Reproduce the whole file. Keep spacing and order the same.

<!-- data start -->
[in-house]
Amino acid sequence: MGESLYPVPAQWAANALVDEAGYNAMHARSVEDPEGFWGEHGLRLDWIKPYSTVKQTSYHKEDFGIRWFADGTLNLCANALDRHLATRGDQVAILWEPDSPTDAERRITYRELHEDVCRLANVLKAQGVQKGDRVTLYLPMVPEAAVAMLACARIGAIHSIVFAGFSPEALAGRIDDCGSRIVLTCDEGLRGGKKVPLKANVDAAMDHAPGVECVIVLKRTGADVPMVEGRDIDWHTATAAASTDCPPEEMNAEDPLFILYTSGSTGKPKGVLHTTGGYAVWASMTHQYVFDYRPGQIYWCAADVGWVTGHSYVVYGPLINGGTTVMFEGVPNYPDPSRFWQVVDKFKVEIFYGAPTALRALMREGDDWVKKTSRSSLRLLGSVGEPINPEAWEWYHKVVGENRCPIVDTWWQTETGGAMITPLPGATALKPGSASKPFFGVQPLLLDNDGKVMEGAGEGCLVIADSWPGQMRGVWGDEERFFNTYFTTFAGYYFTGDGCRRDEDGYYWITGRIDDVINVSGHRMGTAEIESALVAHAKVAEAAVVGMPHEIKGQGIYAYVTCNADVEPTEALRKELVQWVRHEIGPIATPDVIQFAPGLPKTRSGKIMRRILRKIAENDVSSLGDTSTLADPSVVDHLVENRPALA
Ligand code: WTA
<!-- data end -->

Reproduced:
[in-house]
Amino acid sequence: MGESLYPVPAQWAANALVDEAGYNAMHARSVEDPEGFWGEHGLRLDWIKPYSTVKQTSYHKEDFGIRWFADGTLNLCANALDRHLATRGDQVAILWEPDSPTDAERRITYRELHEDVCRLANVLKAQGVQKGDRVTLYLPMVPEAAVAMLACARIGAIHSIVFAGFSPEALAGRIDDCGSRIVLTCDEGLRGGKKVPLKANVDAAMDHAPGVECVIVLKRTGADVPMVEGRDIDWHTATAAASTDCPPEEMNAEDPLFILYTSGSTGKPKGVLHTTGGYAVWASMTHQYVFDYRPGQIYWCAADVGWVTGHSYVVYGPLINGGTTVMFEGVPNYPDPSRFWQVVDKFKVEIFYGAPTALRALMREGDDWVKKTSRSSLRLLGSVGEPINPEAWEWYHKVVGENRCPIVDTWWQTETGGAMITPLPGATALKPGSASKPFFGVQPLLLDNDGKVMEGAGEGCLVIADSWPGQMRGVWGDEERFFNTYFTTFAGYYFTGDGCRRDEDGYYWITGRIDDVINVSGHRMGTAEIESALVAHAKVAEAAVVGMPHEIKGQGIYAYVTCNADVEPTEALRKELVQWVRHEIGPIATPDVIQFAPGLPKTRSGKIMRRILRKIAENDVSSLGDTSTLADPSVVDHLVENRPALA
Ligand code: WTA